- In November 1994, George Plimpton interviewed Garrison Keillor at 92Y as part of a collaboration with The Paris Review. You can listen to a recording of their interview here—and now the PBS series Blank on Blank has animated part of it. “I think that you’re only obliged to be a humorist from maybe the age of eighteen until you turn thirty,” Keillor tells Plimpton. “Past the age of thirty, I don’t think there’s any obligation to be clever at all. After that, you, I think, are supposed to settle down, be a good person, raise your children, and be good to your friends, which you may not have been when you were very clever, and try to atone for your cleverness. Humor has to surprise us. Otherwise it isn’t funny, and, it’s a death knell for a writer to be labeled humorous, because then, of course, it’s not a surprise anymore, it’s what expected of him. And when you come to expect humor of people, you will never get it.”
- Last month, Oxford Dictionaries named the “tears of joy” emoji its Word of the Year; now Merriam-Webster has followed suit, choosing a suffix, -ism, as its Word of the Year. Now, before you get all exercised and sit down to write an indignant op-ed about all these nonword words the dictionaries insist on force-feeding us, be advised that “Merriam-Webster notes that the version of -ism without the hyphen actually is a word, specifically a noun meaning ‘a distinctive doctrine, cause, or theory’ or ‘an oppressive and especially discriminatory attitude or belief’ … Last week, Dictionary.com bravely bucked this year’s trend by naming a word as their word of the year. They selected identity, citing increased conversation this year over gender and sexual identity, in large part because of former Olympic athlete Caitlyn Jenner’s decision to come out as a transgender woman.”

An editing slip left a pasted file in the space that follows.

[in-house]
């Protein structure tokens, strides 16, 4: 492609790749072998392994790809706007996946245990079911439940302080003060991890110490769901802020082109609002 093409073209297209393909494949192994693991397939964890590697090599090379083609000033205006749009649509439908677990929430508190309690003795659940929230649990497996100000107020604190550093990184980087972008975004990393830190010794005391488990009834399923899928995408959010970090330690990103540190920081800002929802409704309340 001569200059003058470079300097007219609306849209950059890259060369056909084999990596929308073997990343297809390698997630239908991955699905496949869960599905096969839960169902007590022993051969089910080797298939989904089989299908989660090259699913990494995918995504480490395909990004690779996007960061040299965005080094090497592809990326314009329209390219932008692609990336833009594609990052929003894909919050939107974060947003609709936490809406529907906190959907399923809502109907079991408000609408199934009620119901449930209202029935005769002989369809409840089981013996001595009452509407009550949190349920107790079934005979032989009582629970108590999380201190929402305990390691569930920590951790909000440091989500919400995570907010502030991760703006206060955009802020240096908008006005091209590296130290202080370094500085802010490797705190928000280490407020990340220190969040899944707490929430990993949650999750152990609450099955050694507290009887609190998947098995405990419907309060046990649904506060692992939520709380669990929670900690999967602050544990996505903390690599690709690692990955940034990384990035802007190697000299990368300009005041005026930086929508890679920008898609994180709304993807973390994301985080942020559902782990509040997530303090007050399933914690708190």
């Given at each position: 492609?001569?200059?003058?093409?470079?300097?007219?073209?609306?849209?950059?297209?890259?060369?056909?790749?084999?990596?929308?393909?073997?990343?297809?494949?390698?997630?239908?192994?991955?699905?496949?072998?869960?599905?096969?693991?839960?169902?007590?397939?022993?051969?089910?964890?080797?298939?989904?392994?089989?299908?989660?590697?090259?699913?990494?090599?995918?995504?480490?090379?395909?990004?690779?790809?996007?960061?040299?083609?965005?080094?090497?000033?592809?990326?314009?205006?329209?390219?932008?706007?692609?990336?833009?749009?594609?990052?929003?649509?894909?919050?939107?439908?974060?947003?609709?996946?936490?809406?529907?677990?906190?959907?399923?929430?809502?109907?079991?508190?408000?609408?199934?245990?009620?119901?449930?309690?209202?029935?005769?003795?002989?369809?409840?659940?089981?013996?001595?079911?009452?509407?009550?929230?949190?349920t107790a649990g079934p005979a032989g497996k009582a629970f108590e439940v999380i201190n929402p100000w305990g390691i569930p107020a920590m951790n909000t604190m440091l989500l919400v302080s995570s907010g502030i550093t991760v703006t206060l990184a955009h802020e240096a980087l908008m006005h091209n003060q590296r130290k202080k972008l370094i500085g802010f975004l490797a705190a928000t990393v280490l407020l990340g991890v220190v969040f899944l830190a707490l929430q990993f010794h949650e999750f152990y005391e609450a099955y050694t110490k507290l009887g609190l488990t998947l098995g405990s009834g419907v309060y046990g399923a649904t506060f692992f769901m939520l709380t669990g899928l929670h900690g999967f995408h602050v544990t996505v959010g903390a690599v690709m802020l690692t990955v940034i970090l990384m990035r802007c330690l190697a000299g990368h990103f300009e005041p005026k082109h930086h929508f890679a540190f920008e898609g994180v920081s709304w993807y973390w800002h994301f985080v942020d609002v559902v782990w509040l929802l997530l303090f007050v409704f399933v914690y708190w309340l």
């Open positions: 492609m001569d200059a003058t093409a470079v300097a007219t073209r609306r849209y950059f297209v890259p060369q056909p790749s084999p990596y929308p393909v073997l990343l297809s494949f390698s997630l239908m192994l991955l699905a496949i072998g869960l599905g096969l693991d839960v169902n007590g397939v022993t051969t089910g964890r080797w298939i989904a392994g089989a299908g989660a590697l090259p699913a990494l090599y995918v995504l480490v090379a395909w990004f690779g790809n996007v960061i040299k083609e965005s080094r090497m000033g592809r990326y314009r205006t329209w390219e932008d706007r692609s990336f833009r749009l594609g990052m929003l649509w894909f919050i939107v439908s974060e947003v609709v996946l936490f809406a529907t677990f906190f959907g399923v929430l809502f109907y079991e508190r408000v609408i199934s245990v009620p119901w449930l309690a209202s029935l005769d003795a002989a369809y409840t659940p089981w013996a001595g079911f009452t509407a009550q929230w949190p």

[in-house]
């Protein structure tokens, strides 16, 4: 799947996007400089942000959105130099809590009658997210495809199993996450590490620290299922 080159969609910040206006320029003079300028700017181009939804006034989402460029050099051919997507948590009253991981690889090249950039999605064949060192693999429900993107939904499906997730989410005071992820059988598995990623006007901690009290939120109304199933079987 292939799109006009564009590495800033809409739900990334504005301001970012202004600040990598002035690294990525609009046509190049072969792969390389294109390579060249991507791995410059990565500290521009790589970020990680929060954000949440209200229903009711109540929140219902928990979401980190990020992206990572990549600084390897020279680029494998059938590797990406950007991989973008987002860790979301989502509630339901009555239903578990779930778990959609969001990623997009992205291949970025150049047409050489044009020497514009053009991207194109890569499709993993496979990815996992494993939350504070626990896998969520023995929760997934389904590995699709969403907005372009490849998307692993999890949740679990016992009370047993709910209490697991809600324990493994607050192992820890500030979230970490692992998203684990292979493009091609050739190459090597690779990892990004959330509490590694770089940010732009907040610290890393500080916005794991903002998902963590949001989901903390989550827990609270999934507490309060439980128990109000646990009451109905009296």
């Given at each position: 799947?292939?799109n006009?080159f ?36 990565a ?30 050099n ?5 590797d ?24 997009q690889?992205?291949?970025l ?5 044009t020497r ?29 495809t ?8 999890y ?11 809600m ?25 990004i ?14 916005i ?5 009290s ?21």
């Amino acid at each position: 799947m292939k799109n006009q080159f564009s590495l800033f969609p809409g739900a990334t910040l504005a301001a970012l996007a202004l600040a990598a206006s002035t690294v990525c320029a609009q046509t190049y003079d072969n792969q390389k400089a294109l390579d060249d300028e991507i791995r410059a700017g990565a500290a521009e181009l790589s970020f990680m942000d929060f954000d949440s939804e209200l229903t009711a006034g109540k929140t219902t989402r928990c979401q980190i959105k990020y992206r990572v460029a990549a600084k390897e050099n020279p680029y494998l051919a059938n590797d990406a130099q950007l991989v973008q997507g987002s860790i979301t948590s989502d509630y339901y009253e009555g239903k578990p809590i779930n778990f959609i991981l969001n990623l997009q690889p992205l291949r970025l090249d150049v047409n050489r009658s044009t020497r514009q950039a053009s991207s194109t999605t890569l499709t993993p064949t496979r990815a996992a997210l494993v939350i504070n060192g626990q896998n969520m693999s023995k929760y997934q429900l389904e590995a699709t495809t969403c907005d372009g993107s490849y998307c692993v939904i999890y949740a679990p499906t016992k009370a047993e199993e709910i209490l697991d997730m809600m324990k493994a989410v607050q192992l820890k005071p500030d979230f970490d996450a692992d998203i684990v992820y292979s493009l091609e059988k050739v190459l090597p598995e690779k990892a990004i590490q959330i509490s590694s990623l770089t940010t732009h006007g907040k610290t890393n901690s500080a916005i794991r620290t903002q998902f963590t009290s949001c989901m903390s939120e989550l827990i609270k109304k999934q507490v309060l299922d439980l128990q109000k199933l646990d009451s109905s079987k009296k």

- Fact: Frank Lloyd Wright designed a gas station. It was but one element in a vast, unrealized utopia he’d planned to erect in Buffalo, New York, which remains, alas, a largely dystopian place. But in 1958, when Wright was ninety, one part of his idyllic vision found its way to Cloquet, Minnesota, and an historic gas station was born: “Wright had designed a house for a resident of Cloquet named R. W. Lindholm, who happened to be in the petroleum business. Wright never gave up on his utopian city, and knowing what his client did for a living, he convinced Lindholm to build a gas station that was similar in design to the Buffalo station … Wright saw the car as a way to personal freedom for Americans, so he gave the drivers of Cloquet what he thought that future needed in a gas station, including an observation deck where the attendants could watch for cars in warmth and comfort.” Forget Fallingwater. This is Tricklinggasoline.
- “I have in fact only once corresponded with anyone … who was as good at writing letters as I am,” Iris Murdoch once told the philosopher Philippa Foot. So this new book of her correspondence must be a veritable tour de force of jocularity and fluent intellect, yes? Well. John Mullan hates to break it to you, but “the brilliant thinker, witty conversationalist and powerfully idiosyncratic novelist are hardly here at all … Some have responded to the publication of these letters by depicting Murdoch as a rather shocking sexual adventuress, but this is not quite right. Really, she seems more interested in writing letters to people she found attractive than in having sex with them.”